“Until now,” Ernesto Buonaiuti [a major Italian modernist]  explained in turn, “they wanted to reform Rome without Rome, or even against Rome. Rome needs to be reformed with Rome; they have to act so that the reform passes through the hands of those who need to be reformed. This is the true and infallible method……”  [And this is what many critics of Vatican II feel occurred at the Council] (E. Buonaiuti, Il moderismo cattolico (Modena: Guanda, 1943), p. 128). From this perspective, modernism proposed to transform Catholicism from within, leaving intact, as much as possible, the external trappings of the Church. “The external worship,” Buonaiuti continues, “will last forever like the hierarchy, but the Church, as the teacher of the Sacraments and of her sacred orders, will modify her hierarchy and her worship according to the times: she wil make it simpler, freer, and thus more spiritual [hah! Is that what’s happened?] ; that way she will become a form of protestantism; but an

Tyrell

Tyrell

orthodox protestantism that is gradual and not violent, aggressive…….a protestantism that will not destroy the apostolic continuity of ecclesiastical ministry or the very essence of worship” [oops….many feel that “very essence of worship” has been destroyed, or at least horrifically mangled]

“Rome,” [the massively modernist “convert” to Catholicism] George Tyrell had asserted, “cannot be destroyed in a day, but it is necessary to make it fall into dust and ashes gradually and inoffensively, then we will have a new religion and a new decalogue.” [The intent is certainly crystal clear]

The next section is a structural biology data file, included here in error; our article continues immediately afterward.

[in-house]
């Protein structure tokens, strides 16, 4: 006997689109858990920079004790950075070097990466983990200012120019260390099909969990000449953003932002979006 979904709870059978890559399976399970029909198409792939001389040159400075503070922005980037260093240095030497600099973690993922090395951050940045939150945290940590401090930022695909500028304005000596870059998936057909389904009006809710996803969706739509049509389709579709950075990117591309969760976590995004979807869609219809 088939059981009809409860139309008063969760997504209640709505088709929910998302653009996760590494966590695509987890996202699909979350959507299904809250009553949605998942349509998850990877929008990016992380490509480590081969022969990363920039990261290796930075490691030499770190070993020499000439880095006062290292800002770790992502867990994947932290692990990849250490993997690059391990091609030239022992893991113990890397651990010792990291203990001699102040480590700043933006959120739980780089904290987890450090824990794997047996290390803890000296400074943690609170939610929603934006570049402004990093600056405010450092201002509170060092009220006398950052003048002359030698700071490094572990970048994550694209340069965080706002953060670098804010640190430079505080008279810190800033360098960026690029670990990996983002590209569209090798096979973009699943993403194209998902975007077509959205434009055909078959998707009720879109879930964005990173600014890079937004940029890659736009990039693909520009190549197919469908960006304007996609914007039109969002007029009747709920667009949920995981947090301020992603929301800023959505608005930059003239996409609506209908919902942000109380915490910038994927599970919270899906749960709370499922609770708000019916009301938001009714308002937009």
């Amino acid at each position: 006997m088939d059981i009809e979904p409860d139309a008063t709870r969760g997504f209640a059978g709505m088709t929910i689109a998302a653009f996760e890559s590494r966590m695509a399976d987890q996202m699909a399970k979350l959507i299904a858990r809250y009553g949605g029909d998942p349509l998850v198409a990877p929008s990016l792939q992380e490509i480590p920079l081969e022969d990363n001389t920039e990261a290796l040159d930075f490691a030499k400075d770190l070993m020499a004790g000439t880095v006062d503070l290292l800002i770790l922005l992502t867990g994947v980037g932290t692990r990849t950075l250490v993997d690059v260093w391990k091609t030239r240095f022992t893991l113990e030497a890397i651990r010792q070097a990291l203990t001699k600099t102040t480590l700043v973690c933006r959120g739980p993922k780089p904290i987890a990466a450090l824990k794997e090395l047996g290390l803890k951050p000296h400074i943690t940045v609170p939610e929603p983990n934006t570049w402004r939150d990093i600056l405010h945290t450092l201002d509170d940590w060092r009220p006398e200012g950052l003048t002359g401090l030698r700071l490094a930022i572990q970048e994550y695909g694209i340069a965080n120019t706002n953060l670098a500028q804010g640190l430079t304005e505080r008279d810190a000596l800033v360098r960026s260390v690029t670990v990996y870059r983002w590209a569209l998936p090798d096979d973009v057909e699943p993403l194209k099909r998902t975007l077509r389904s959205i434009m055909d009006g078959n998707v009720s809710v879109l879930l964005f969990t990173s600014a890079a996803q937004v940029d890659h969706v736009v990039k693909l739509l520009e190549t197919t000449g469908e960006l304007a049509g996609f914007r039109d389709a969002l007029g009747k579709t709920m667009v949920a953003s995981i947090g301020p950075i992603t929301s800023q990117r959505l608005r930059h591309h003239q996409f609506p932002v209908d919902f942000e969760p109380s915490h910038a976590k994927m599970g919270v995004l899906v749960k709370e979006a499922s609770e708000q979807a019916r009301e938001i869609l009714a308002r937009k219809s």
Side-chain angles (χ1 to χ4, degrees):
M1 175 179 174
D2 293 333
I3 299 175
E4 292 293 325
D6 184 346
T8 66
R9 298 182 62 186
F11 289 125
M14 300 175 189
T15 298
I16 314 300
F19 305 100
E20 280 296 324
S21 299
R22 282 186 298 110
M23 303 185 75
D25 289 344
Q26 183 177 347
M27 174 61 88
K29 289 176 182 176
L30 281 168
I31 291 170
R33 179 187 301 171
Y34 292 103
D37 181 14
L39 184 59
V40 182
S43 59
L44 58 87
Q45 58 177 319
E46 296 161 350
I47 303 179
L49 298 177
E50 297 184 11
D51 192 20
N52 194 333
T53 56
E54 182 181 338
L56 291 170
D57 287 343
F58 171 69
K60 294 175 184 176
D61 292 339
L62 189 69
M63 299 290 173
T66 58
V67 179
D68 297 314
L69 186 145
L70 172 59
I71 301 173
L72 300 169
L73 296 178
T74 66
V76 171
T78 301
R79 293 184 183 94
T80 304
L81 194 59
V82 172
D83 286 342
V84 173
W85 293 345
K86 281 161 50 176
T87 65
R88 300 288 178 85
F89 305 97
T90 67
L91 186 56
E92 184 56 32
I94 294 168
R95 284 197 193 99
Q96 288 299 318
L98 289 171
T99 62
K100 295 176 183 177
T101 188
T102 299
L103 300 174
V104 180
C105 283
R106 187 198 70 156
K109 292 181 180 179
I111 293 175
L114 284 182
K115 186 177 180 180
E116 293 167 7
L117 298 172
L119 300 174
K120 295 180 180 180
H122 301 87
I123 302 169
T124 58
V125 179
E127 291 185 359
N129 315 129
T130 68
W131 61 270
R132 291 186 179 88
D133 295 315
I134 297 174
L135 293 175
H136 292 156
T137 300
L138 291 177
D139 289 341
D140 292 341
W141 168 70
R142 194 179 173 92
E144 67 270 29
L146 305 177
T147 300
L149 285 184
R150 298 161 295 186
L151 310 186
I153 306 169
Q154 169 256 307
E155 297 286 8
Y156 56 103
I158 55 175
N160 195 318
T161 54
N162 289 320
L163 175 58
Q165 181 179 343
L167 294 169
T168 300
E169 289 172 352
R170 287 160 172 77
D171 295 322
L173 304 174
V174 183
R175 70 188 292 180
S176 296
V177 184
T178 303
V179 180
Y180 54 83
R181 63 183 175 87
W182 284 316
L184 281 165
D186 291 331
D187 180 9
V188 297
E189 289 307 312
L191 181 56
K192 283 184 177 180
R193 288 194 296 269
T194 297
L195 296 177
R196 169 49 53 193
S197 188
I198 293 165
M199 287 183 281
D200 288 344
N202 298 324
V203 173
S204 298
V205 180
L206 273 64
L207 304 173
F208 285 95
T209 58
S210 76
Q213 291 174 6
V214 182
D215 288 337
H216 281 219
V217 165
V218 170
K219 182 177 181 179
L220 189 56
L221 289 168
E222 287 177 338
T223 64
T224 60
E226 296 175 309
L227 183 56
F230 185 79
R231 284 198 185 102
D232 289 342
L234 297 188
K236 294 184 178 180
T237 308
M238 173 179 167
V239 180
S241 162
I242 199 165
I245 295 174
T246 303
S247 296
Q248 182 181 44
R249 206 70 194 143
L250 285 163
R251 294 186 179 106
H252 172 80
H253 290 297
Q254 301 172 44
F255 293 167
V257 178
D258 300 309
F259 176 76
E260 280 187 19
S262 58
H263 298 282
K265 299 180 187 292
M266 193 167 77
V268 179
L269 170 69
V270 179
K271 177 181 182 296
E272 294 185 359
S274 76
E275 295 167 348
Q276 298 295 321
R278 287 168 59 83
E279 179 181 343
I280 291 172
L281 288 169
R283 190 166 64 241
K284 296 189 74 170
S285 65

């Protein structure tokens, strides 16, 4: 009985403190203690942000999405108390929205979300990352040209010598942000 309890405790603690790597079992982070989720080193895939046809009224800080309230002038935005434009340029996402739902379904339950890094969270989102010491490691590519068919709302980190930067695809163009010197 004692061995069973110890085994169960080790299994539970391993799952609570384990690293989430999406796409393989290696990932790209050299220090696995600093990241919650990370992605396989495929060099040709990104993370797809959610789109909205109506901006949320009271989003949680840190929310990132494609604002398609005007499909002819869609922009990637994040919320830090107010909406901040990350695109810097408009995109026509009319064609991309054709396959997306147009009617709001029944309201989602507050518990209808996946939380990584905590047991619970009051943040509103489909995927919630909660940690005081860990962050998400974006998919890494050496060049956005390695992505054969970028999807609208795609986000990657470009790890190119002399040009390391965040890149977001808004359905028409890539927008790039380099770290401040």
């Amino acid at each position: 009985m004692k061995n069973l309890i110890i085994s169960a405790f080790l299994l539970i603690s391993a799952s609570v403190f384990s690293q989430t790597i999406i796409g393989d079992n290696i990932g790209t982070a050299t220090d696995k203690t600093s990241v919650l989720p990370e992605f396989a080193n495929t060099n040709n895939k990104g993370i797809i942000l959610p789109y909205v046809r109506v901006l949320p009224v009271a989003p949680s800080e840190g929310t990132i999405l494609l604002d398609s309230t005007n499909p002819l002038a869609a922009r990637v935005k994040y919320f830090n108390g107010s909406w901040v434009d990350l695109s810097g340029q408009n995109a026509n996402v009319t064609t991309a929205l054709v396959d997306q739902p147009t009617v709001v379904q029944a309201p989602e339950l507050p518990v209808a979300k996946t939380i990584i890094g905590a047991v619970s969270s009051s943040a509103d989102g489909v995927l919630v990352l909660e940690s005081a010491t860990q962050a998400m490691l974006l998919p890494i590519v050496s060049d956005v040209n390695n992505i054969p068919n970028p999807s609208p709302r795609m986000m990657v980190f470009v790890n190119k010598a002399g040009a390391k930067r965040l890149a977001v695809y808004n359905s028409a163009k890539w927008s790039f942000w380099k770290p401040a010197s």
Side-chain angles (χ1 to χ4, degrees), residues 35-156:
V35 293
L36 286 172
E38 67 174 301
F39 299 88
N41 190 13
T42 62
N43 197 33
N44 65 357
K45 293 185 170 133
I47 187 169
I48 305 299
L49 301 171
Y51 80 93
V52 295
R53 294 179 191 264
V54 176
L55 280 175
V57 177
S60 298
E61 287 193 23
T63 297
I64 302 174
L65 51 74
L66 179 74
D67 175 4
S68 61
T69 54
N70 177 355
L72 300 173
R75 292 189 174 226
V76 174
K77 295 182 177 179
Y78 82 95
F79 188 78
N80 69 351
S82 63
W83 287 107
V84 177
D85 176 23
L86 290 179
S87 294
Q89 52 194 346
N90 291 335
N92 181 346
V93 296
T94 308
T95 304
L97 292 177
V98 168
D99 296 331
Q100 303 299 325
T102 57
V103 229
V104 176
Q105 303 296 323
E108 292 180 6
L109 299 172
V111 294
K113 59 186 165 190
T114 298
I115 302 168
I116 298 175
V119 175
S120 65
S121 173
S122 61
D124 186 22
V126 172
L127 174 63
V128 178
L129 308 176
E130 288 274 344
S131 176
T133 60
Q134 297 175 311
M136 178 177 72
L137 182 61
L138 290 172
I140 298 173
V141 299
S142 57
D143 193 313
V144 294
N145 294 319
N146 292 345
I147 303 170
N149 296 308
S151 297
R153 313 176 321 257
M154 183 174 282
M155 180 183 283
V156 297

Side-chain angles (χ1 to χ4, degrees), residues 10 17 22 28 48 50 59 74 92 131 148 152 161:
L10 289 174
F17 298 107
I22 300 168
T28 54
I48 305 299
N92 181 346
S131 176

[End Quote] So we can see from the above that modernists intended to stay undercover in the Church, and to work to modify the beliefs of the Church not from the bottom up but from the top down, resulting in a top-down imposition of a radically new form of “church,” a church not of the Apostles, mysticism, the Body and Blood, Saints, Angels, Sacraments, etc., but of protestantism.  How can any belief system that so takes advantage of lying, subterfuge, and misrepresentation – as fundamental aspects of its operation – claim Divine Inspiration? What an insidious evil modernism was, and is. Quoting again:

The existence of this undeground stream that flowed into the Church was confirmed in 1978 when a hitherto unknown document was published, entitled dsc04544Out of the Depths: The Testament of Faith of Don Primo Vannutelli, a Roman priest who had died in Rome on April 9, 1945, in the community of the Oratorian Fathers [I’m going to skip a bit and condense: Don Vannutelli was from a well connected family that had produced two Cardinals in the 19th century. He was also completely modernist, but wrote in his “testament” how he had laid low, slowly influencing dozens of young priests and religious, spreading his modernist ideas clandestinely, never being discovered, but being very influential.  He was a mentor of a young Father Giovanni Battista Montini, the later Pope Paul VI, this established in Montini’s own letters published in Italy in 1998 by Xenio Toscani] Quoting again:

Don Primo Vannutelli articulates his profession in the new Church as follows: